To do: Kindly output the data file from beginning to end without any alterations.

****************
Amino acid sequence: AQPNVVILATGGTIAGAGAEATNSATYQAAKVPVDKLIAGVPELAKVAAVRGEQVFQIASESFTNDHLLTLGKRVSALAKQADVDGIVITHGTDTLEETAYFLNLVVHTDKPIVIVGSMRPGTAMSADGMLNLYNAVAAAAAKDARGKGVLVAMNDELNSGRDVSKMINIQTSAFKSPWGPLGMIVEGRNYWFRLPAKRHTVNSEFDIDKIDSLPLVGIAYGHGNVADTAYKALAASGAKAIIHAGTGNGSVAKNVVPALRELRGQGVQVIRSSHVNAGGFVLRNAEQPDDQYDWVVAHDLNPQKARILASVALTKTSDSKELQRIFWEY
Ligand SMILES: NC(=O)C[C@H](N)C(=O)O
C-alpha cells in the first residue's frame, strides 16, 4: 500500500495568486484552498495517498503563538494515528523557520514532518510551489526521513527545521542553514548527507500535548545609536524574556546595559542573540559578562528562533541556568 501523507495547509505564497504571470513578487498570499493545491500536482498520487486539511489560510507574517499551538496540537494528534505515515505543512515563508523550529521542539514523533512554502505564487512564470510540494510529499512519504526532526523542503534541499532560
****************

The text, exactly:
Amino acid sequence: AQPNVVILATGGTIAGAGAEATNSATYQAAKVPVDKLIAGVPELAKVAAVRGEQVFQIASESFTNDHLLTLGKRVSALAKQADVDGIVITHGTDTLEETAYFLNLVVHTDKPIVIVGSMRPGTAMSADGMLNLYNAVAAAAAKDARGKGVLVAMNDELNSGRDVSKMINIQTSAFKSPWGPLGMIVEGRNYWFRLPAKRHTVNSEFDIDKIDSLPLVGIAYGHGNVADTAYKALAASGAKAIIHAGTGNGSVAKNVVPALRELRGQGVQVIRSSHVNAGGFVLRNAEQPDDQYDWVVAHDLNPQKARILASVALTKTSDSKELQRIFWEY
Ligand SMILES: NC(=O)C[C@H](N)C(=O)O
C-alpha cells in the first residue's frame, strides 16, 4: 500500500495568486484552498495517498503563538494515528523557520514532518510551489526521513527545521542553514548527507500535548545609536524574556546595559542573540559578562528562533541556568 501523507495547509505564497504571470513578487498570499493545491500536482498520487486539511489560510507574517499551538496540537494528534505515515505543512515563508523550529521542539514523533512554502505564487512564470510540494510529499512519504526532526523542503534541499532560